Lessons from NCR's Purchase of Digital Insight, One Year On
Industry observers note how quickly Thoma Bravo LLC made a profit on a company it just acquired in August, and call the purchase a coup for NCR that could help it satisfy a technical need among banks: better consistency among channels.
NCR has been working to become a "hardware-enabled, software-driven business" for eight years. With its purchase of online and mobile banking vendor Digital Insight and transaction switching and fraud detection software company Alaric Systems, it's taken a big step forward.
As NCR Corp. proceeds with the tech acquisitions it announced this week Digital Insight and Alaric Systems, linking the new software with existing solutions and helping employees and customer newbies feel comfortable with their parent brand are NCR's initial priorities.
Small banks and credit unions are looking to a lab hosted by NCR's Digital Insight to try out new tech like biometrics and beacons in an effort to keep up with their larger competitors.
When you are a company that started out 125 years ago as National Cash Register, you've had to reinvent yourself a few times.
The modern-day NCR, based in Duluth, Ga., is doing just that. It is one of a number of automated teller machine manufacturers that seeks to transform itself into a software and services provider in a world where banking is going mobile. It is also creating more advanced ATMs that blend old and new technologies.
Crucial to NCR's overhaul was its $1.65 billion purchase nearly a year ago of Digital Insight, an online and mobile-banking software provider. It has made progress absorbing the acquisition, but it still has a lot of work to do to fulfill the vision behind the deal all of which says a lot about the challenges that lie behind the transformations of tech vendors.
NCR knew it needed to adjust to the times: it couldn't keep relying on ATM sales when banks are clamoring for options that connect physical and digital channels together as branch transactions decline.
"It is not just traditional ATMs in one silo and digital in another," said Andy Heyman, the president of NCR Financial Services. "More and more [financial institutions] are trying to integrate digital and physical."
"We are very focused on omnichannel," Heyman said.
NCR shares a vision with many vendors: technology that lets consumers easily start a transaction online and complete it in a branch. Heyman said NCR is in active conversations with banks to help them rate their omnichannel services against other banks and establish improvement plans. At the same time, it is running some experiments. They include technology that authenticates ATM users through their mobile phones instead of making them type in a PIN code; services that alert branch employees about the arrival of certain customers; a single user interface that works across multiple channels; and cross-channel marketing.
David Albertazzi, a senior analyst with Aite Group, said the addition of Digital Insight should eventually help NCR deliver on the promise of a seamless experience regardless of channel a feat that's easier to accomplish when a vendor owns a wide range of technologies, so a bank doesn't have to integrate products from different providers.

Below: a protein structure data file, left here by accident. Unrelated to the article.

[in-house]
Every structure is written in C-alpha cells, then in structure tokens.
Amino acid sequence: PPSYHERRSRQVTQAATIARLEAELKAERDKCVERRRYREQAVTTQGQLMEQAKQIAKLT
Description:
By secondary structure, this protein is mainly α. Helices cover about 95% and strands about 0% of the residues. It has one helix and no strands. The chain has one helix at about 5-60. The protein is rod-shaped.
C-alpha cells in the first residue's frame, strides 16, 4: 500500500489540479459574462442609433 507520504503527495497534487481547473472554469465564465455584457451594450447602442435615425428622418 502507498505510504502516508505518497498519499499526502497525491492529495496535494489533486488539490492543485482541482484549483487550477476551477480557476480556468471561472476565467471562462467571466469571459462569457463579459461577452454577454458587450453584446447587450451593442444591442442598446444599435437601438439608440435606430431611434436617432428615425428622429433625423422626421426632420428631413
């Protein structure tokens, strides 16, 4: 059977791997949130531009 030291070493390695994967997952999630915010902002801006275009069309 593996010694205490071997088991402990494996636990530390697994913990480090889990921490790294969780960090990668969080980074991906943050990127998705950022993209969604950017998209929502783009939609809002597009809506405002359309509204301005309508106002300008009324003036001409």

Already, NCR has been able to offer financial institutions a way to consolidate the number of firms they work with at a time when regulators are demanding better vendor management.
The Digital Insight deal also gave NCR new sales leads. "There is little overlap between the two customer bases," Albertazzi said.
Yet the results of those leads won't truly be known for some time as financial institutions typically have multiyear contracts with technology providers.
"People are locked into long-term decisions they made," said Sam Ditzion, the chief executive of Tremont Capital Group, a consulting firm that advises the payments industry on strategy. "[Financial institutions] are not willing to make changes overnight or without many months of analytical review and testing."
Smaller financial institutions could find it compelling to use one provider for their mobile, online and ATM software needs as NCR builds toward its longer-term goal of diversifying into the software business, Ditzion said. However, larger banks typically want customized solutions.
NCR declined to break out cross-selling results to date. It did, however, offer details on the talent it brought on board. Attrition has been in the single digits for Digital Insight and another acquisition NCR announced at the same time: Alaric Systems, a London company that provides transaction switching and fraud prevention software.
Heyman told American Banker about a year ago that people are key assets in NCR's acquisitions.
Meanwhile, other ATM manufacturers are expanding their financial services lines by adding talent and products, too.
Diebold, one of NCR's biggest U.S. ATM rivals, is selling consulting services that help banks update their branches as a way to diversify its business. It is also expected to make a big business announcement in late January.
But Tremont's Ditzion said the diversification does not imply expectations of the ATM's demise. Just as call centers and tellers have continued to have a role in banking, he believes ATMs are here to stay.
"All of these channels are important and remain intact and continue to be both expected and wanted by customers," Ditzion said.